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Abstract  

In this paper problems associated with a conventional heat-flux DSC are discussed. A single pan calorimeter has been designed and built which eliminates many of the errors that occur in a conventional DSC. It was found that: enthalpy changes and heat capacity were repeatable to better than1%; the apparent latent heat and heat capacity did not depend on specimen size or significantly on rate of heating as often occurs in a two-pan heat-flux DSC; during the melting of pure Al, more than 80% of the latent heat was evolved over a temperature of 0.04 K; in alloys, separate heat capacity peaks for different reaction less than 1 K apart were resolved.

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on a Du Pont 910 heat flux DSC cell which has been interfaced to an in-house control and data processing system. The rate of heating is controlled directly from the DSC signal and the excellent temperature control obtained using the new system is

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Heat transfer in a disc-type DSC apparatus

Part 5. Theoretical equation of melting with a heat flux coupled cells DSC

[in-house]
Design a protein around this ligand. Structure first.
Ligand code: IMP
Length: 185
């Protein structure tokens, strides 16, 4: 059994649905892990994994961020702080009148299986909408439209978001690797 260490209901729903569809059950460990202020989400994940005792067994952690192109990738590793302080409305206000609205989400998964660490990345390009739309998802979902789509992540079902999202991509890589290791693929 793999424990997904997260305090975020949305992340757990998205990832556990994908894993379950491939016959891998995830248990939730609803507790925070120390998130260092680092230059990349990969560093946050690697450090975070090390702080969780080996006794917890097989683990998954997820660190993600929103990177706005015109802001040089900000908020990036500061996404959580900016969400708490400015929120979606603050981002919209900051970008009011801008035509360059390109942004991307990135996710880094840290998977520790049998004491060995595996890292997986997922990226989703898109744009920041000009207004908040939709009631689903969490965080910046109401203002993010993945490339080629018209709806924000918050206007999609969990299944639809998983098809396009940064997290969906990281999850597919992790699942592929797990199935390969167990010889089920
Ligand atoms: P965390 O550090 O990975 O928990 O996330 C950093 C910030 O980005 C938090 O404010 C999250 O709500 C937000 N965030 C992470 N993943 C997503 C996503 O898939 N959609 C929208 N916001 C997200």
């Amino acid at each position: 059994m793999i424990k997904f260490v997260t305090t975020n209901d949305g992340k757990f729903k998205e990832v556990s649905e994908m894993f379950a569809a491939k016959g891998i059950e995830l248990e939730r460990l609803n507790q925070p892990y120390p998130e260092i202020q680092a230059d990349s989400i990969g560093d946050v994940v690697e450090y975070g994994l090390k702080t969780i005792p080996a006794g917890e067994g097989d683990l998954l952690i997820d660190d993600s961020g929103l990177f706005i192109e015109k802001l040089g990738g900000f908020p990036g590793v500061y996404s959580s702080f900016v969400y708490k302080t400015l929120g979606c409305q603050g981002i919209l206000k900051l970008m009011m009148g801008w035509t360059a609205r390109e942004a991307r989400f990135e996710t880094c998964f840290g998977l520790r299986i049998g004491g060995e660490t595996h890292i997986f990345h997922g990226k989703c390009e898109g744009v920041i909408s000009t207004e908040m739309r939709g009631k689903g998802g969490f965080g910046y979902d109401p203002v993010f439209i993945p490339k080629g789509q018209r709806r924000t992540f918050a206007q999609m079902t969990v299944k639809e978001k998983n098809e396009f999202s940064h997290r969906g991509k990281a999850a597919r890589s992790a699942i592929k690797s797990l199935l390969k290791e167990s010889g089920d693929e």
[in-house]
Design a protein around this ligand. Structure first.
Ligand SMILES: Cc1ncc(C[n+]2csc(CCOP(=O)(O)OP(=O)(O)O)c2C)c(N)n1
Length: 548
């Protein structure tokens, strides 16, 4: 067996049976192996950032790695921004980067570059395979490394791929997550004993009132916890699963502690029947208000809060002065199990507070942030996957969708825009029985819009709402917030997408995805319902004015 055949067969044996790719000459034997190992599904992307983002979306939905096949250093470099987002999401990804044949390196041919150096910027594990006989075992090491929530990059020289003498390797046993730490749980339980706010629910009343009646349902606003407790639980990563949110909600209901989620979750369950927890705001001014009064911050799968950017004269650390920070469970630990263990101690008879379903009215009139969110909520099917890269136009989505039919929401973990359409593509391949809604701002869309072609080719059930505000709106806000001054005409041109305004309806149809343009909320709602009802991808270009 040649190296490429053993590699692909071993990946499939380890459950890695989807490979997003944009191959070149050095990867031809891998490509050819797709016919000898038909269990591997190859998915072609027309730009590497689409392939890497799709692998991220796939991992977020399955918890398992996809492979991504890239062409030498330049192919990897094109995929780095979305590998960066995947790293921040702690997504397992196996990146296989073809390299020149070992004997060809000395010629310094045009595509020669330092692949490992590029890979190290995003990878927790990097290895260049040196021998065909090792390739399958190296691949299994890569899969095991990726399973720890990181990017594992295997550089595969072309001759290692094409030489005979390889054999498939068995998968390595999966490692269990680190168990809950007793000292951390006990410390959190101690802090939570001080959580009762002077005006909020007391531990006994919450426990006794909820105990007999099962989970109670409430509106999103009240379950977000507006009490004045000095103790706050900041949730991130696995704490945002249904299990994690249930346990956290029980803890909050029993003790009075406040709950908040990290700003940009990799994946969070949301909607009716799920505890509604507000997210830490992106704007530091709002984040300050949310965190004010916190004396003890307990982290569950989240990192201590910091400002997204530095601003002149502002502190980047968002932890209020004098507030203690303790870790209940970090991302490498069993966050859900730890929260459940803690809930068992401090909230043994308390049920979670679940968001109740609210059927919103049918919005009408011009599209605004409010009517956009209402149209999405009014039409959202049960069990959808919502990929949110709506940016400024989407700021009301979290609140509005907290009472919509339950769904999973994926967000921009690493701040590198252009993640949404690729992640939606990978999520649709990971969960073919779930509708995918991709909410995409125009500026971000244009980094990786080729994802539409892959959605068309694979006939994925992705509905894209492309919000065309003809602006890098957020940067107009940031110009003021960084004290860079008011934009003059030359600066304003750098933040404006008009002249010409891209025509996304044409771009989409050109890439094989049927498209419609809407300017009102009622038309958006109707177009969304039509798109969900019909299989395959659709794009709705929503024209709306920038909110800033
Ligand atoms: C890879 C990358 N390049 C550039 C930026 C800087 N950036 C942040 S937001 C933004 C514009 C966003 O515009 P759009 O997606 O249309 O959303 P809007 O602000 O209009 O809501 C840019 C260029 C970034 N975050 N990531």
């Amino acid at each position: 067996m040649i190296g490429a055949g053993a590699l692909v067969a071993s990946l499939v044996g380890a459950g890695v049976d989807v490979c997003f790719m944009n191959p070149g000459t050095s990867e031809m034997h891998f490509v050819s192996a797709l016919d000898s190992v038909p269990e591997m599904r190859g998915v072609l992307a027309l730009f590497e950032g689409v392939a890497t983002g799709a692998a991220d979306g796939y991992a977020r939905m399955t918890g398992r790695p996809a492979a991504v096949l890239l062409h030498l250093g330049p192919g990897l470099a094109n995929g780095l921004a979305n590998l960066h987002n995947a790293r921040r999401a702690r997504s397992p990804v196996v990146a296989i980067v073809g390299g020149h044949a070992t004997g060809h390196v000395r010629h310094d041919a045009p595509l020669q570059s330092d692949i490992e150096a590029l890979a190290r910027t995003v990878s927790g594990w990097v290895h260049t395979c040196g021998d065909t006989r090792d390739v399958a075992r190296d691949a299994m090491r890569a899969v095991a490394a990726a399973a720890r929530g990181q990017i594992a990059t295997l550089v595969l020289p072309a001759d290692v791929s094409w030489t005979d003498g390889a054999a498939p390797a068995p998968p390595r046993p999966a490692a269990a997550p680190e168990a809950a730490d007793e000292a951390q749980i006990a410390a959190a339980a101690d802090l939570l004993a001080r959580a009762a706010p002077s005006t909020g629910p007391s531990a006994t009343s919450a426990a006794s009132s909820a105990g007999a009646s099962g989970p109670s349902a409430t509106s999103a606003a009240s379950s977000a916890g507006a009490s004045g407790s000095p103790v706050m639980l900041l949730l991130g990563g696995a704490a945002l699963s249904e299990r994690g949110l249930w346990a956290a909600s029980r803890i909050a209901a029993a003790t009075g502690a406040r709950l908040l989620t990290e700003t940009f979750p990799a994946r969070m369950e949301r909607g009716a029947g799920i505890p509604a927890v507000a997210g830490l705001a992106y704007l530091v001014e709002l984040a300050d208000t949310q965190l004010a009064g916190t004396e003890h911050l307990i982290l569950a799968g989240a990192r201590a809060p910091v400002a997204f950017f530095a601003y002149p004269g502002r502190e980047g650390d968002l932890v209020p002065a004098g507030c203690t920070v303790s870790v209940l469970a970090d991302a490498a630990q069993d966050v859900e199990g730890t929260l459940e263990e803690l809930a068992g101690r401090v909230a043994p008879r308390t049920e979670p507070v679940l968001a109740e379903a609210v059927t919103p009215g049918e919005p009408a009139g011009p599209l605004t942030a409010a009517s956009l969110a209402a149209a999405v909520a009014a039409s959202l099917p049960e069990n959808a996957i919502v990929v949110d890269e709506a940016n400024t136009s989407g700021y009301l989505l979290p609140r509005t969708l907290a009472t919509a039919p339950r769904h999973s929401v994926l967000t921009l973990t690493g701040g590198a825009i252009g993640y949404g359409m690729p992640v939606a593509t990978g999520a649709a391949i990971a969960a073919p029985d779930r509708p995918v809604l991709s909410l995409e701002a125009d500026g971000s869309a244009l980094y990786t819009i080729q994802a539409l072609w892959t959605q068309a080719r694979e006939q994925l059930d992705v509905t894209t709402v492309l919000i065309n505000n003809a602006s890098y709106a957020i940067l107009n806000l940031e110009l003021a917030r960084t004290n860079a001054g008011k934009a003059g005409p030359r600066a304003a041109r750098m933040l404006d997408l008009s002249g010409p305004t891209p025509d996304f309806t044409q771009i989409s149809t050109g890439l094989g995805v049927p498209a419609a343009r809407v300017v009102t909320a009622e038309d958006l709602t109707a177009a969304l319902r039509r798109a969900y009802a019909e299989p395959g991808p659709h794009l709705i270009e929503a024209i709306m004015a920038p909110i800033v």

Journal of Thermal Analysis and Calorimetry
Authors: K. Alouani, M. Siniti, F. Schiets, and P. Claudy

Abstract  

The literature describes models of DSC apparatuses. However, the use of these models require a precise determination of the values of the resistors and the capacitors of the apparatus. Theoretical equations of a first order transition in a coupled cells heat flux DSC at a constant heating rate are given. It is shown that the value of the resistors and capacitors may be obtained. The influence of resistors product — crucible or crucible — detectors is established.

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Abstract  

The application of non-linear heating programs to a heat-flux DSC apparatus has attracted much attention. On the basis of thermodynamics, the change in enthalpy of a sample during a temperature change ΔT is due, on the one hand to the true heat capacity of the sample ΔT C and on the other, to the enthalpy of some transformation occurring in the sample ΔrH Δξ. These contributions can be separated on the basis of the kinetics of the transformation. The coupled cells model of a disc type, heat flux DSC apparatus has been tested, using true heat capacities and a sine modulation of the temperature of the furnace around a constant temperature. In the range from 2 to 60 mHz, the amplitude and phase shift of the calorimetric signal were measured at several frequencies. Theoretical equations, based on the model, and using the thermal Ohm's law explains the results with a reasonable accuracy. A non-linear DSC experiment affords two ways of determination of the heat capacity of a sample making possible a distinction between the enthalpic effect and heat capacity.